Asia's major stock markets logged slight gains Thursday but smaller indexes slipped after U.S. corporations reported mixed earnings and orders for U.S. durable goods fell.
The U.S. government reported Wednesday that orders for long-lasting factory goods fell more than economists expected. That added to concerns that global growth is slowing. Orders for durable goods declined 5.7 percent in March following a 4.3 percent gain the previous month. The March figure was the biggest dip in seven months.
"A weaker than expected reading for March US durable goods orders maintained a run of weaker than expected US data releases, reinforcing concerns of an economic slowdown over coming months," said Mitul Kotecha at Credit Agricole CIB in a market commentary.
Japan's Nikkei 225 rose 0.1 percent to 13,862.86. Hong Kong's Hang Seng advanced 0.3 percent to 22,257.63. South Korea's Kospi advanced 0.5 percent to 1,944.03. But benchmark indexes in mainland China, Singapore, Taiwan, and the Philippines fell. Markets in Australia and New Zealand were closed for public holidays.
Stocks in Europe posted gains Wednesday investors grew more hopeful of an interest rate cut from the European Central Bank after another weak business survey for Germany, Europe's biggest economy.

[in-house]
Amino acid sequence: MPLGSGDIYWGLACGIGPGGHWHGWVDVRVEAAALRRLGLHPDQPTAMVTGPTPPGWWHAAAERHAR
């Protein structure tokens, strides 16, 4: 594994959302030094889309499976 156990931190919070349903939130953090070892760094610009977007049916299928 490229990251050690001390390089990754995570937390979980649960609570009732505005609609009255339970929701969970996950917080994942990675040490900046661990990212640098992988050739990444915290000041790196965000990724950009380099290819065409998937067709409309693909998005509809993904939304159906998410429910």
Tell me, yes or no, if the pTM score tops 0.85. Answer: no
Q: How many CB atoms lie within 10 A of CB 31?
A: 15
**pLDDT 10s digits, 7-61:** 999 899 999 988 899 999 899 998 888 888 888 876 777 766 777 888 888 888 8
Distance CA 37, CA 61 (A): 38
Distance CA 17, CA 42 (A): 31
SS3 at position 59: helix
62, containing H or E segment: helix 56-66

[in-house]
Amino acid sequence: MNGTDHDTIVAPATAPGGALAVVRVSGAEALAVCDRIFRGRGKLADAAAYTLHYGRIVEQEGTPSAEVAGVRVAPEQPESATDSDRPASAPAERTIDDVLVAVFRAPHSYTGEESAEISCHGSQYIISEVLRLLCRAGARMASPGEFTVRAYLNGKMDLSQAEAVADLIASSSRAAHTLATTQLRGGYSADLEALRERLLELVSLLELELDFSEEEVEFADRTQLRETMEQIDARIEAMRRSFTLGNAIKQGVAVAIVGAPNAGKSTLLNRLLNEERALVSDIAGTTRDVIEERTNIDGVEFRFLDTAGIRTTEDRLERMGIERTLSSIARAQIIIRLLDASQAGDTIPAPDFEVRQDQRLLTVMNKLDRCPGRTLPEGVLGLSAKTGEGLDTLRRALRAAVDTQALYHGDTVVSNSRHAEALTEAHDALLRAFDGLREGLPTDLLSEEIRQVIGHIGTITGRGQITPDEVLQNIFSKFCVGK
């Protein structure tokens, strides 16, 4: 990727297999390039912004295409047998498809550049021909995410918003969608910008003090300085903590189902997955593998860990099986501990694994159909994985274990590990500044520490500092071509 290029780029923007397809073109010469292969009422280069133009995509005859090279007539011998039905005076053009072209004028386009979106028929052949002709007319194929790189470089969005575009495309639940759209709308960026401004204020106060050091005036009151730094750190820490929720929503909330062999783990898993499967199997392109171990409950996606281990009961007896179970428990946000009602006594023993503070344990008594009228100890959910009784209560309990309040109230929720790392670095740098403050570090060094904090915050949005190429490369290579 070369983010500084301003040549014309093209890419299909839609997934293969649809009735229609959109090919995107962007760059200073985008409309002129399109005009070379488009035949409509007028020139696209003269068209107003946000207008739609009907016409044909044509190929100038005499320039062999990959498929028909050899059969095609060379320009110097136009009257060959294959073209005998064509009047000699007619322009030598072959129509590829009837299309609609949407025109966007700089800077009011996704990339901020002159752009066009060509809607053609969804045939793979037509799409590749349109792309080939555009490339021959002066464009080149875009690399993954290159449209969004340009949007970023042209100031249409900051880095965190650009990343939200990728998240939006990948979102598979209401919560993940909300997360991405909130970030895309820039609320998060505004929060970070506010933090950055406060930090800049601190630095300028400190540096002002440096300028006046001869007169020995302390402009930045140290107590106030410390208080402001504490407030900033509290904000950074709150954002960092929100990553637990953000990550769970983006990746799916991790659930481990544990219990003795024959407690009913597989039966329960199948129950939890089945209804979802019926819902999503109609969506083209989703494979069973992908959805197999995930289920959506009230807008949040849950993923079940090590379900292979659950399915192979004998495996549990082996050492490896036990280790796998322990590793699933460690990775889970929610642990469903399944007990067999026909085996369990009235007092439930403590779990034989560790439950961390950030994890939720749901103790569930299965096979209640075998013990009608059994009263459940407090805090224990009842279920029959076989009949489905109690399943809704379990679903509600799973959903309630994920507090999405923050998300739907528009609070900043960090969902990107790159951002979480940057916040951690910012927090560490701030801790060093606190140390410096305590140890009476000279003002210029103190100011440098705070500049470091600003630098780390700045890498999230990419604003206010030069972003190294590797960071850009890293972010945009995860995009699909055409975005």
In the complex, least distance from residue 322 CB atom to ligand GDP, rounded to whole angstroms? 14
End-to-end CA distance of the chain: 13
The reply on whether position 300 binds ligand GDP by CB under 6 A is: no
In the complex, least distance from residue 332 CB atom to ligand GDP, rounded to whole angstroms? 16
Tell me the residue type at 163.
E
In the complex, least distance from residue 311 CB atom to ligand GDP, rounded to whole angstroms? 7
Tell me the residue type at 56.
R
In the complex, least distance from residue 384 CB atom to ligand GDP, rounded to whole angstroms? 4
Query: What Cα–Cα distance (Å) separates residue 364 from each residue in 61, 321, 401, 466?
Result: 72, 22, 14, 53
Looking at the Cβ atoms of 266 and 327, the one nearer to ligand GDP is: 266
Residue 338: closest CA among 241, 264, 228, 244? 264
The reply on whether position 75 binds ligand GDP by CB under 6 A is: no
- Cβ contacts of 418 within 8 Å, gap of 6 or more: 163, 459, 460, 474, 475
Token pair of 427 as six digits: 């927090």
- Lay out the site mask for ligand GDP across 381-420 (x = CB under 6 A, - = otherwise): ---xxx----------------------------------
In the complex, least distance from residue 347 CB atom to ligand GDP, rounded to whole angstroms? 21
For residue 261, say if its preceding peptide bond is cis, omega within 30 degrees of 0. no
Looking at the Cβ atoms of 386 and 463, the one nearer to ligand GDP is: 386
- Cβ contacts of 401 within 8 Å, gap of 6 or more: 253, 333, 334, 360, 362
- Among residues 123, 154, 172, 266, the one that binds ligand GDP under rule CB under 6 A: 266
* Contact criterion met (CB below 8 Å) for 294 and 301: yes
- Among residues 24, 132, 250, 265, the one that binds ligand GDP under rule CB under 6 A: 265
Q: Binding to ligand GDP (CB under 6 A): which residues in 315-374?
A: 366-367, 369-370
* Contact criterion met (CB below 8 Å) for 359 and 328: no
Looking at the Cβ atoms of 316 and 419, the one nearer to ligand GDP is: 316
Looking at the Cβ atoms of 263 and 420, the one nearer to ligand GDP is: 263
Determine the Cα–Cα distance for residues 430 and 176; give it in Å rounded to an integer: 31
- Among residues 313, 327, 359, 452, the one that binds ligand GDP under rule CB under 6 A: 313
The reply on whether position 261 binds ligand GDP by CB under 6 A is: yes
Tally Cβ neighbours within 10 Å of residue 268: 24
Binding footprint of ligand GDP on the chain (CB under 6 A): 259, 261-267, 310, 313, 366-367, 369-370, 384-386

The Ifo Institute said its main index of business optimism fell to 104.4 points from 106.7 in March. Market analysts had expected a more modest decline to 106.2.
European markets have also been buoyed in recent days by progress in Italy to produce a government after inconclusive elections in February.
On Wall Street, however, disappointment over durable goods order was compounded by quarterly results that included a subscriber slump at AT&T and a weak profit forecast from Procter & Gamble.
The Dow Jones industrial average fell 0.3 percent to close at 14,676.30. The Standard& Poor's 500 index was flat at 1,578.79. The Nasdaq composite rose marginally to 3,269.65.
Benchmark oil for June delivery was up 45 cents to $91.88 per barrel in electronic trading on the New York Mercantile Exchange. The contract jumped $2.25, or 2.5 percent, to finish at $91.43 a barrel Wednesday on the Nymex.
In currencies, the euro rose to $1.3046 from $1.3021 late Wednesday in New York. The dollar fell to 99.41 yen from 99.51 yen.